EasyJet has blamed a “difficult year”, which saw Brexit impact consumer confidence and fuel prices soar, for a fall in its annual profits of more than a quarter.
The carrier, on Tuesday (19 November), posted full-year profit before tax (12 months to 30 September) of £427 million, down 26% from £578 million this time last year.
EasyJet said the result was towards the top end of its previous £420 million to £430 million profit guidance.
It came despite 8.6% growth in annual passenger numbers to 96.1 million, albeit at a rate of growth down 1.6% on full year 2018/19.
Capacity increased 10.3% from 95.3 million seats to 105 million at a load factor of 91.5%, down 1.4 percentage points on last year.
Total revenue increased 8.3% to £6.385 million, up from £5.898 million, driven – said easyJet – by this increase in capacity.
Total revenue per seat, however, declined 1.8% from £61.94 to £60.81 “driven by some weakness in consumer confidence” and “uncertainty around the original March 2019 Brexit date”, albeit offset by the impact of strikes at British Airways and Ryanair.
Fuel cost per seat, meanwhile, increased 8.4% to £13.48, which easyJet said was partially offset by continued investment in more fuel efficient aircraft.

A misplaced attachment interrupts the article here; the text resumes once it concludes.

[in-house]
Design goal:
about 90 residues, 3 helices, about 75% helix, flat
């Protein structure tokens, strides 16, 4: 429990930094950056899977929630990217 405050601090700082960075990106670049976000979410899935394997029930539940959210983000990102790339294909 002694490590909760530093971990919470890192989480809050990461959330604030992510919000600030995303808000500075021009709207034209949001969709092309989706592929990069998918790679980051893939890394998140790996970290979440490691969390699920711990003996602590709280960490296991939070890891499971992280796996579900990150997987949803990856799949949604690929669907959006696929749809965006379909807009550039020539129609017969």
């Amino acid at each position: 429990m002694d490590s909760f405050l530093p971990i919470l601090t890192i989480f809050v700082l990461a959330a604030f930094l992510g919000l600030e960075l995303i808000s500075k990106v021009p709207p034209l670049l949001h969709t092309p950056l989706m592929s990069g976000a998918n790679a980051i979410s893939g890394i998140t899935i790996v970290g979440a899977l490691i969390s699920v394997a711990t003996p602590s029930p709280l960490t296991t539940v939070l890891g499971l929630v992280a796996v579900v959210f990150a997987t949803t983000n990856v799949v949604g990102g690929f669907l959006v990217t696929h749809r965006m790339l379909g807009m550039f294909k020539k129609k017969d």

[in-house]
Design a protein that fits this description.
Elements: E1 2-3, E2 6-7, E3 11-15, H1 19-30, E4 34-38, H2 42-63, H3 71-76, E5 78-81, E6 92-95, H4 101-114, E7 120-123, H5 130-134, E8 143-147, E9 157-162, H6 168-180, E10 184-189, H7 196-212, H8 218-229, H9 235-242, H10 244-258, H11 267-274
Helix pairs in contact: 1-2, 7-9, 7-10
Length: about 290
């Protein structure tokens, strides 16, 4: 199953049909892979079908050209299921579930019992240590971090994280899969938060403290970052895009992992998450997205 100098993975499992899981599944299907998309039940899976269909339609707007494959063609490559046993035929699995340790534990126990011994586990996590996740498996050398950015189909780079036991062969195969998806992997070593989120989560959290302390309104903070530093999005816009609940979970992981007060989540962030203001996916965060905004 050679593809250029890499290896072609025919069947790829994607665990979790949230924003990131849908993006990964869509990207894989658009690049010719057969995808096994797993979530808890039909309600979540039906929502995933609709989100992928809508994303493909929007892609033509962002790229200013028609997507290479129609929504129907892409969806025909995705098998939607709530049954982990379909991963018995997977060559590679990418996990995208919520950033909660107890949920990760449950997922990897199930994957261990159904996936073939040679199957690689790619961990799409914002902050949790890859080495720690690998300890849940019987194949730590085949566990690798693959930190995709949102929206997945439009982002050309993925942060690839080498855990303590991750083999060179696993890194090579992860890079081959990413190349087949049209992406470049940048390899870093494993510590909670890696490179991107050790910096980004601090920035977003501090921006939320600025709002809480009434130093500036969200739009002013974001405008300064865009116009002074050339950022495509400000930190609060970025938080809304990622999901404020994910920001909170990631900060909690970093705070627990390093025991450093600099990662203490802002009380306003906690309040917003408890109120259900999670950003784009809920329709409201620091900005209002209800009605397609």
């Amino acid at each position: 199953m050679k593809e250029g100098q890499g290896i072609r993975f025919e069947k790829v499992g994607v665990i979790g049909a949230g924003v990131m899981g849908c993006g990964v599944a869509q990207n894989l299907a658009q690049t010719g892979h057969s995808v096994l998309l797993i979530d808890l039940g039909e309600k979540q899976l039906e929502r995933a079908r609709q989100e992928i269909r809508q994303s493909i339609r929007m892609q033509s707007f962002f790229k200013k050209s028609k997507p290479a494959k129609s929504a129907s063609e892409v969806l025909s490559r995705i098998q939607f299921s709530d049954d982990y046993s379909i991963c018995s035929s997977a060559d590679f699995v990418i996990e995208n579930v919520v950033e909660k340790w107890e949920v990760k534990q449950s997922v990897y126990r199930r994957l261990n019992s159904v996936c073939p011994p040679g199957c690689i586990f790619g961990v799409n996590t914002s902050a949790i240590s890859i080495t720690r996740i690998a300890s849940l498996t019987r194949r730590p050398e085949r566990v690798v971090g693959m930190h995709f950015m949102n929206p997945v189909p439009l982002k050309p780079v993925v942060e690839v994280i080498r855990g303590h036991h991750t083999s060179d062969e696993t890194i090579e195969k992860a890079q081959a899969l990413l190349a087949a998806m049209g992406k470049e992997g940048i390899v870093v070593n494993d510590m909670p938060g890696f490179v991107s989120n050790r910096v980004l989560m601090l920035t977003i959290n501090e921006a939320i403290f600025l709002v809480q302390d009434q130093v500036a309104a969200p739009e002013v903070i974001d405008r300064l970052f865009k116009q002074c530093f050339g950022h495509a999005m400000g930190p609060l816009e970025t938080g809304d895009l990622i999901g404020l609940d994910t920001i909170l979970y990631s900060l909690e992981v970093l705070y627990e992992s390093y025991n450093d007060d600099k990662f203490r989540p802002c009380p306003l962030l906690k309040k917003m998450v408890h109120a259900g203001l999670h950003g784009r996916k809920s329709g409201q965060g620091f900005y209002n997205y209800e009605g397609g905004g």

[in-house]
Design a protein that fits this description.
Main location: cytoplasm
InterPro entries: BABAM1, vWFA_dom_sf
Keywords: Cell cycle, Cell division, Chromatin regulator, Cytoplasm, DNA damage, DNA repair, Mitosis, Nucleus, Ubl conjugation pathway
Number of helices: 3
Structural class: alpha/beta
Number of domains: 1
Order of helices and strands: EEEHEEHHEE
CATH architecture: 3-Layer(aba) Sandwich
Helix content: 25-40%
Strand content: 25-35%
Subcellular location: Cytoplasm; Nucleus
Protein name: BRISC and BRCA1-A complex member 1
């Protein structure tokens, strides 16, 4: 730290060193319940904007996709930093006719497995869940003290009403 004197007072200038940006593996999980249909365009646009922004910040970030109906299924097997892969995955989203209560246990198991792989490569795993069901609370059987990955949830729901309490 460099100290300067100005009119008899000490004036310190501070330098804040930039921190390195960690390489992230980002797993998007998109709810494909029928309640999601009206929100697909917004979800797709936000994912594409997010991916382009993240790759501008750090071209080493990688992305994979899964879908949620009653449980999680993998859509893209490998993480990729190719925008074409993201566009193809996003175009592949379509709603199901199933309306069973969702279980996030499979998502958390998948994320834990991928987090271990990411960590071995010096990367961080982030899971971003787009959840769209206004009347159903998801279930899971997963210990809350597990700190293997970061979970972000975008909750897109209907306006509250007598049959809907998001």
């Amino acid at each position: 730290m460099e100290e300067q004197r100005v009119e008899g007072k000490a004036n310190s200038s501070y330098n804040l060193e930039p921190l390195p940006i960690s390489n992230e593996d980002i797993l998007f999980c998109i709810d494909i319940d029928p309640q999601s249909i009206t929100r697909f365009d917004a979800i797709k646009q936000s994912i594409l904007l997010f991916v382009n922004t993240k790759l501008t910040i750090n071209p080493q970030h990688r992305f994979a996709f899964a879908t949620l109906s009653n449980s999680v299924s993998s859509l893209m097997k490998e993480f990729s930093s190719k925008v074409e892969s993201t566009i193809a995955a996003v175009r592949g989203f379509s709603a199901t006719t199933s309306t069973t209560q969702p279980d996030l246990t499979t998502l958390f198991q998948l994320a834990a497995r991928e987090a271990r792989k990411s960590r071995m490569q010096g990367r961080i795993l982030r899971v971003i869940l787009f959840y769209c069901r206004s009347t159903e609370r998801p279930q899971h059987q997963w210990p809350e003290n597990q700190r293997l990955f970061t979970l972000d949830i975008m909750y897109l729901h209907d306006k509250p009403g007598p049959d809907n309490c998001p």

EasyJet said forward bookings for first half 2019/20 were slightly ahead of last year, while capacity growth is likely to be more conservative, falling in the lower end of its guidance of 3% to 8%.
It expects its new holidays division, due to launch by Christmas, to break even next year, while proposals to immediately offset all carbon emissions from flight fuel are expected to cost around £25 million over the next year.
“EasyJet finished the 2019 financial year with a strong performance across the business and a record summer,” said chief executive Johan Lundgren. “More customers than ever are coming to easyJet as their airline of choice, with a record 96.1 million customers flying with us this year.
“Our self-help initiatives meant we have been able reduce costs and drive a better yield performance which has improved revenue per seat in the second half of the year.
“We have also invested in tackling disruption for our customers through our operational resilience programme, which has reduced cancellations by 46% and lowered delays of three hours or more by 24% year-on-year.”